- The arrest of huge numbers of Mau Mau fighters was among the reasons a police station was established.
- After Kenya gained independence in 1963, the structure was taken over by the Kenya Police, which converted it into the dog unit.
At the height of the Mau Mau insurgency during the State of Emergency in 1952, the colonial government’s biggest headache was containing freedom fighters.
To check their movement, the colonial guards set up a checkpoint at Ruring’u on the old Nyeri-Nairobi highway.
It was here that the fighters moving around Nyeri and those moving in and out of concentration camps were arrested.
They were held in detention camps in Ruring’u and Aguthi before being taken to the colonial courts in Ruring’u, which were established in the 1920s.
The arrest of huge numbers of Mau Mau fighters was among the reasons a police station was established.
And later, in 1956, the British government approached Aithiegeni clan elders to set aside 85 acres of land for the construction of key administrative structures, including the provincial sports hostel, the Nyeri Police Station, a chiefs office and a juvenile remand home that would also act as a children’s home.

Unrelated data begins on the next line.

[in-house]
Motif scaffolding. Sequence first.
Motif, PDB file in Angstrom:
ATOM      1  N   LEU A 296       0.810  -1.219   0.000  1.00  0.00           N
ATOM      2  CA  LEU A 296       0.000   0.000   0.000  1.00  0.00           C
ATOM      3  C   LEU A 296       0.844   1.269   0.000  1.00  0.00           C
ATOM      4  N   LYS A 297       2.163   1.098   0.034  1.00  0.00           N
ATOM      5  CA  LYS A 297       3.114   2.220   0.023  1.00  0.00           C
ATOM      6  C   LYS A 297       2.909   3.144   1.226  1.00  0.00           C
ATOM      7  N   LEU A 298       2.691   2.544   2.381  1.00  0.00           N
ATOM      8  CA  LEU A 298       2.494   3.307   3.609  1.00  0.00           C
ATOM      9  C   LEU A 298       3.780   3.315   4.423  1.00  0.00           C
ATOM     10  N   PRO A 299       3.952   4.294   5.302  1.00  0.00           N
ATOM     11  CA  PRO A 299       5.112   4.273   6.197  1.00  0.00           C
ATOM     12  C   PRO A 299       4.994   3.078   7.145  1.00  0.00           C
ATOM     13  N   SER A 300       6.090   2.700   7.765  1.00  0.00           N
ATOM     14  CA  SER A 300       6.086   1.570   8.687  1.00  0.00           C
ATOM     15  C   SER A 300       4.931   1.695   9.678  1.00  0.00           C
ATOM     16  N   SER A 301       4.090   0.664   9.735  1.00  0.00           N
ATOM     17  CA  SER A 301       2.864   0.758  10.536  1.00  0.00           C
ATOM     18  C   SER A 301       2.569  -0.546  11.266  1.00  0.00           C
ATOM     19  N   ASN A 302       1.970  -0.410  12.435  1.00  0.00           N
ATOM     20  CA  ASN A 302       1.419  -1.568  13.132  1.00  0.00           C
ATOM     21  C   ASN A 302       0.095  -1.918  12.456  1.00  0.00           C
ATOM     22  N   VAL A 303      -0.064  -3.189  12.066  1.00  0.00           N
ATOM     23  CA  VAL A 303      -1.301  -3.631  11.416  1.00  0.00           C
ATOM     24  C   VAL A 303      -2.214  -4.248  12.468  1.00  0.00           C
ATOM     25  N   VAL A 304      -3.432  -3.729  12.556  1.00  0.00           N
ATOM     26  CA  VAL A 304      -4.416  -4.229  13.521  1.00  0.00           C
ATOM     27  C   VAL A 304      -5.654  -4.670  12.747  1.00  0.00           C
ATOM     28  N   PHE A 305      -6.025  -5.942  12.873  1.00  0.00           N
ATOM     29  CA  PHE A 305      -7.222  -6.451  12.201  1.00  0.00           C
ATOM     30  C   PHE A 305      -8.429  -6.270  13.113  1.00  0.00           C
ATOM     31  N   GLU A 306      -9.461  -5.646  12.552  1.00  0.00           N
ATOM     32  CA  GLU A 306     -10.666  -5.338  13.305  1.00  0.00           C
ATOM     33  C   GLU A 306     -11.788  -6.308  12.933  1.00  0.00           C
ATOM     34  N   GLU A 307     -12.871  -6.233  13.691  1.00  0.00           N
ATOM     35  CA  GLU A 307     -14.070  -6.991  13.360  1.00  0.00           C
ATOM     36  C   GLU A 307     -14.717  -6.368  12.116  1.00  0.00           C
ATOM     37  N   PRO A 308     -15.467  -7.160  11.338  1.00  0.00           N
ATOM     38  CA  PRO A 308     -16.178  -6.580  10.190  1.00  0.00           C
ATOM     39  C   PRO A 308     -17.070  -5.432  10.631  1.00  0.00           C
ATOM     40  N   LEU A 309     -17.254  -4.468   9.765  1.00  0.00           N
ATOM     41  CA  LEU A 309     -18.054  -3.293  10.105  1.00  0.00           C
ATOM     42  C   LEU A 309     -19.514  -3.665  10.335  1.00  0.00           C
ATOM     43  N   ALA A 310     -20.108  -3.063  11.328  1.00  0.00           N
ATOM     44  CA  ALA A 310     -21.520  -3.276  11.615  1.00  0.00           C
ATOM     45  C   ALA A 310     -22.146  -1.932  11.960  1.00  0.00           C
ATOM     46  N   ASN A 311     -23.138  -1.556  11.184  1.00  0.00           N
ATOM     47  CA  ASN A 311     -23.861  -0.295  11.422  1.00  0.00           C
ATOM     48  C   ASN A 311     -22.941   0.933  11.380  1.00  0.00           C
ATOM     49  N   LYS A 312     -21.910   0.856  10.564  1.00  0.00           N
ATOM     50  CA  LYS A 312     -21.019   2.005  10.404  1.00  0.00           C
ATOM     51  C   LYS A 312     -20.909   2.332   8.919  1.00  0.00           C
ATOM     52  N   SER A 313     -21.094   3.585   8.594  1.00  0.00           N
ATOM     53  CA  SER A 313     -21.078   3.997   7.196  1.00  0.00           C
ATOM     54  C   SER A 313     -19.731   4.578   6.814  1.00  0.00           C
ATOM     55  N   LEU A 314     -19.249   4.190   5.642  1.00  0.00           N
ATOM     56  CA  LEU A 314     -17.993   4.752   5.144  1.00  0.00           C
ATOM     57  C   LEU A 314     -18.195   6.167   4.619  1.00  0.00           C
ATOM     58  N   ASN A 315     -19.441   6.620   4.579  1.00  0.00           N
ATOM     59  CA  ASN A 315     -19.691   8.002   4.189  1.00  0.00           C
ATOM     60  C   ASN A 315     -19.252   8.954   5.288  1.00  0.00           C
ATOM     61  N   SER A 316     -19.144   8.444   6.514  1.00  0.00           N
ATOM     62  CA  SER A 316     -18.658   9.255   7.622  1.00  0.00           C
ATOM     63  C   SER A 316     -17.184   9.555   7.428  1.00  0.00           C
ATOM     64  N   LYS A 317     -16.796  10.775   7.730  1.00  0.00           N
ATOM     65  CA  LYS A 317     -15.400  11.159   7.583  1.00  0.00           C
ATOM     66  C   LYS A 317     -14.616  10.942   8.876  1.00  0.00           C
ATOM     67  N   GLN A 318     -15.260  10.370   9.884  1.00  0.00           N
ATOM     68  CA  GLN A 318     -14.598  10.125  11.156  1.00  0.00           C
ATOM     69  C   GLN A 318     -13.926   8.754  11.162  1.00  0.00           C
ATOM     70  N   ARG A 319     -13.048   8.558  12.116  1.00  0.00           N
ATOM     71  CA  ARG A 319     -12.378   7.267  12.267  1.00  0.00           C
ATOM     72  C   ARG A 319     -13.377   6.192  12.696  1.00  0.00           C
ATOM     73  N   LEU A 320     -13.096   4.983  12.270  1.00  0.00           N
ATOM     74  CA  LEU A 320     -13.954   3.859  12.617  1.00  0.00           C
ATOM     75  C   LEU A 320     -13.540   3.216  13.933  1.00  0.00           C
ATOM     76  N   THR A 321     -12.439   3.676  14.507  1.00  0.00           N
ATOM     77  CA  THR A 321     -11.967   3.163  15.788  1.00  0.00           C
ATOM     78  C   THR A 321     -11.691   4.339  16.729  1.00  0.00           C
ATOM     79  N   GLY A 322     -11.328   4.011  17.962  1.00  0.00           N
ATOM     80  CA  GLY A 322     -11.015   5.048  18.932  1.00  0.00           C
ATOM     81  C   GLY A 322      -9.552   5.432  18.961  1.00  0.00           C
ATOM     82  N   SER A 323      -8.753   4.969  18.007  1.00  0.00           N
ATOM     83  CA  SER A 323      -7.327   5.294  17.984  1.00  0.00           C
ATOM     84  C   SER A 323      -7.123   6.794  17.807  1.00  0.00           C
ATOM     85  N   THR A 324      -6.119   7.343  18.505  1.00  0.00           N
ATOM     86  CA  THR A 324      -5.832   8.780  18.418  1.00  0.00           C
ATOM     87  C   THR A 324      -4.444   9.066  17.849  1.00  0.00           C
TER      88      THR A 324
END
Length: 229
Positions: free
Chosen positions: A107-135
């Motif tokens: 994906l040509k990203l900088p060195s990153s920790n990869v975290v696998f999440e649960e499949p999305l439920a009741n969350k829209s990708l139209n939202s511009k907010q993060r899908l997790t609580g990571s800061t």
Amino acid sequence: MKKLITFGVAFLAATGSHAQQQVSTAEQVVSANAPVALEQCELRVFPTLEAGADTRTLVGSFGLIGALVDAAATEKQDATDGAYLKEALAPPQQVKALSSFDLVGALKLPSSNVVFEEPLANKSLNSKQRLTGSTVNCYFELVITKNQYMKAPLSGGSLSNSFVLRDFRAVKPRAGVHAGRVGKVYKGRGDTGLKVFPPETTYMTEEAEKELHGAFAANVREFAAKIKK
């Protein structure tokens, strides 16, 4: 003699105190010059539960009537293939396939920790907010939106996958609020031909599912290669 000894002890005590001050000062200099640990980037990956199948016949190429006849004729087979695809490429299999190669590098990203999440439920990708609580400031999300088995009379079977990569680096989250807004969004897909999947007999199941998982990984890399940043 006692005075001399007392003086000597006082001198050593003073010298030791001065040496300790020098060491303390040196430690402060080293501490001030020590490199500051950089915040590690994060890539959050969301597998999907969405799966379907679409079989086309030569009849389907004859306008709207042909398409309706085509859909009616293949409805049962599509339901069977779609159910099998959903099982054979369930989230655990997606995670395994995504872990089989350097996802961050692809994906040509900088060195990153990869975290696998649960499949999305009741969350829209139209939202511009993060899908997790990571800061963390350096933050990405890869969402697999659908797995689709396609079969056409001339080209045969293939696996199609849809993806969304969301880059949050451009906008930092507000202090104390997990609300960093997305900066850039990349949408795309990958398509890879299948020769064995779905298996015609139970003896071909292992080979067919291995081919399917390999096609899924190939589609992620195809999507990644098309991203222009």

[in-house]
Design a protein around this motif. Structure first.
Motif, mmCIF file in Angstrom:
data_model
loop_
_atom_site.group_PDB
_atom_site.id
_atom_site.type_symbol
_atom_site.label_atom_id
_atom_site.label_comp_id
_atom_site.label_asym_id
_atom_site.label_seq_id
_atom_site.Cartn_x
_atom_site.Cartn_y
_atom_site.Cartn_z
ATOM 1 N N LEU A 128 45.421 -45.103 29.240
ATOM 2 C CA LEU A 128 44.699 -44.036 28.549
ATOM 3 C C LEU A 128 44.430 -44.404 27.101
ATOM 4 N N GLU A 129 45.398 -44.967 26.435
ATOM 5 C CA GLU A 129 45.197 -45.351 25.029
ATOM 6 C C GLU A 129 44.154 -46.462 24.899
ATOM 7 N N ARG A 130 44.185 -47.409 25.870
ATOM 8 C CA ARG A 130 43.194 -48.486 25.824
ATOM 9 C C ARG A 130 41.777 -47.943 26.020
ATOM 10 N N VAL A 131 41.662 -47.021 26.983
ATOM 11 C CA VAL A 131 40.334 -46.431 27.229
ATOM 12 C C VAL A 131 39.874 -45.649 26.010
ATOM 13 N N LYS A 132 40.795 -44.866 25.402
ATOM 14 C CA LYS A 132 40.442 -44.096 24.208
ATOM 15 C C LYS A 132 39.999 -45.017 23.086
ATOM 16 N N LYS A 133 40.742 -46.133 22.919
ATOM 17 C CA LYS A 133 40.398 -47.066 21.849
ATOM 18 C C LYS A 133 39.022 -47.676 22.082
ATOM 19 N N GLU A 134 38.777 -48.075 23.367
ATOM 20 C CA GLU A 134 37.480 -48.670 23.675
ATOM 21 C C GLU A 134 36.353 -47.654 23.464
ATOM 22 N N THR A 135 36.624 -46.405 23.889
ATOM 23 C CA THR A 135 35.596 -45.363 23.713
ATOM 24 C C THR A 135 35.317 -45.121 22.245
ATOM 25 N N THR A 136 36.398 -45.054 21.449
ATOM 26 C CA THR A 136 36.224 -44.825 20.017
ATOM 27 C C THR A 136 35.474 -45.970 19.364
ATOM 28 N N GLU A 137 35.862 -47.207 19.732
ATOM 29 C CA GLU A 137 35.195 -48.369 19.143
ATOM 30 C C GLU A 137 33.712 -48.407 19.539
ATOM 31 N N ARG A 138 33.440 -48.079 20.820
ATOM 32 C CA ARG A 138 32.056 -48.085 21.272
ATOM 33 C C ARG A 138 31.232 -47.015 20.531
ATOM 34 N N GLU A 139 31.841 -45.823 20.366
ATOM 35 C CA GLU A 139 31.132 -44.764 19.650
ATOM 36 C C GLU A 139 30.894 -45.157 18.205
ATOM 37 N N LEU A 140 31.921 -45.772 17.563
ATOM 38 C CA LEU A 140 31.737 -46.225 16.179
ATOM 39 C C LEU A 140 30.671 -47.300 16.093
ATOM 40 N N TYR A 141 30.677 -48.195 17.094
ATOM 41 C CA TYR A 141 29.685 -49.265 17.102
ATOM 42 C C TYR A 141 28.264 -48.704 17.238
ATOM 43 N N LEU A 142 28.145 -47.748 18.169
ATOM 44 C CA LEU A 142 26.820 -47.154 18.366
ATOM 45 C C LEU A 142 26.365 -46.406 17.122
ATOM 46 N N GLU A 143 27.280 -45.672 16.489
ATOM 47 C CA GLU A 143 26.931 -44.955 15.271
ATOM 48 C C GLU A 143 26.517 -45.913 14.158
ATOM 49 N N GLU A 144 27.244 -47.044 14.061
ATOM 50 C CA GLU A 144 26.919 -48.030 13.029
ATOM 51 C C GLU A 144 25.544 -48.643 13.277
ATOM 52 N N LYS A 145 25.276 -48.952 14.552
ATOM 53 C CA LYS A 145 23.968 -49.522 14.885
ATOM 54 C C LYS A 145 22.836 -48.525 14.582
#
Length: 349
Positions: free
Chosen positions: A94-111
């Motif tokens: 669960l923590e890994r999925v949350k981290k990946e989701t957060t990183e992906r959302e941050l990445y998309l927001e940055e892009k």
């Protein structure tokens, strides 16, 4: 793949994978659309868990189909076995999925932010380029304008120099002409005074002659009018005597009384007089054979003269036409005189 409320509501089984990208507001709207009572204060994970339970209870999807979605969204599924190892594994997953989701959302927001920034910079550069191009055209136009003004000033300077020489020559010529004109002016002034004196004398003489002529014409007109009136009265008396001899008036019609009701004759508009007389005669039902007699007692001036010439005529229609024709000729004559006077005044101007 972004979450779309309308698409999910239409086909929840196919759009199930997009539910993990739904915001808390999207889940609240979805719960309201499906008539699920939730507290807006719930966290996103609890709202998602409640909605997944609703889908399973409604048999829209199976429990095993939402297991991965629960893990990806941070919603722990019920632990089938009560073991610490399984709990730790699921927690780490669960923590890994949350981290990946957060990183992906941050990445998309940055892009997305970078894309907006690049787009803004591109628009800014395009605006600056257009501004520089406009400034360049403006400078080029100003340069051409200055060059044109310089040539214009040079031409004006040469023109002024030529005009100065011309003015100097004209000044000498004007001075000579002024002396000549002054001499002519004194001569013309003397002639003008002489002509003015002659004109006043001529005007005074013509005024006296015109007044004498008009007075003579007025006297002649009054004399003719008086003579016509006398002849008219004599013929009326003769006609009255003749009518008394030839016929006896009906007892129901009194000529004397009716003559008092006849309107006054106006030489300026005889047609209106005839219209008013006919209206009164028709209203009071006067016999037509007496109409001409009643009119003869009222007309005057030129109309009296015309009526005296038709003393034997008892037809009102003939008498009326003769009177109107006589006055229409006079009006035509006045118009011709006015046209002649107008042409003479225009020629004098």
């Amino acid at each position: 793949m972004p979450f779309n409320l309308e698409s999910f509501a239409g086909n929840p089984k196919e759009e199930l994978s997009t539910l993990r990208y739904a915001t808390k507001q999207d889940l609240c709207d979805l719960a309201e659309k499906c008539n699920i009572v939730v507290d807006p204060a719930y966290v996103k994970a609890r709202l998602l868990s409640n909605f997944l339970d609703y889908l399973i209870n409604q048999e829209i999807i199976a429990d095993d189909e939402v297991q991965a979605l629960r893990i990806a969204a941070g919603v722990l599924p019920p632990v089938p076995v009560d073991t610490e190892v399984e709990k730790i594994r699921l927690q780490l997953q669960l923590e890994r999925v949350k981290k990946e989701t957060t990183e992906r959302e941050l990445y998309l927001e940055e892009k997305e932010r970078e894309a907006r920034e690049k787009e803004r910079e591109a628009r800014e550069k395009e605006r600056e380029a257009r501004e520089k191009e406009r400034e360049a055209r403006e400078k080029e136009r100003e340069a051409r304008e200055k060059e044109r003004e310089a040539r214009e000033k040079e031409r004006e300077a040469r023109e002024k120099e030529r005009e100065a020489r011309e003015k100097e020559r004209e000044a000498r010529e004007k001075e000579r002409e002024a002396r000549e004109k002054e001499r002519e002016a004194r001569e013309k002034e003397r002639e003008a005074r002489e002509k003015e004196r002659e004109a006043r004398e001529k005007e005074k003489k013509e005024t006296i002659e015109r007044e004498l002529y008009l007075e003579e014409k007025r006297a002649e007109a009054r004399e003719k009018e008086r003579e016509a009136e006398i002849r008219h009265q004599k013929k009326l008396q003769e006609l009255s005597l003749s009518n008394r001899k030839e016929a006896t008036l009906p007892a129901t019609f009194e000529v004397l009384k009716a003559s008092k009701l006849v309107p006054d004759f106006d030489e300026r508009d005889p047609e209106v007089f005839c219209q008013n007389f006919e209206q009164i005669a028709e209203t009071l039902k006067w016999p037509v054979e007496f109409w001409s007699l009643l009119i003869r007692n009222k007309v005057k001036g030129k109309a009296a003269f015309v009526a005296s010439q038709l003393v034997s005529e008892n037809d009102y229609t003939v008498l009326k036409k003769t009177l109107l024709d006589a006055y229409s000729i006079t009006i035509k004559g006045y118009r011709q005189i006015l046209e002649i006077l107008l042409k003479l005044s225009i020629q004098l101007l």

At that time, land was communally owned under clans, so the British needed to bring the locals on board, especially the collaborators.
That is how 12 elders from the Aithiegeni clan gave up the 85 acres to the colonialists for the structures, including the Nyeri Police Station — now Ruring’u Police Station — and the Central Regional K9 Unit Headquarters.
“The dog unit was previously a colonial police station. It was part of the main installations that the British built on the old Nyeri-Nairobi road. This was before the current highway was built,” explained Nyeri-based historian Antony Maina.
The initial structures comprised the main station, offices and holding cells, which are still being used.
After Kenya gained independence in 1963, the structure was taken over by the Kenya Police, which converted it into the dog unit.
It was among the first K9 facilities set up under the Kenya Police by the postcolonial government. “It has always been a dog unit and a police station since independence. Actually, most of the buildings are still the way back then,” Mr Maina said.
The station still has a rustic touch, with doors that have been renovated and painted numerous times.
This year, new staff quarters and kennels were built. The station currently houses some of the country’s best trained dogs, which are used during security surveillance and special criminal operations.
The dogs are trained in tracking skills, as well as narcotics and explosives detection.
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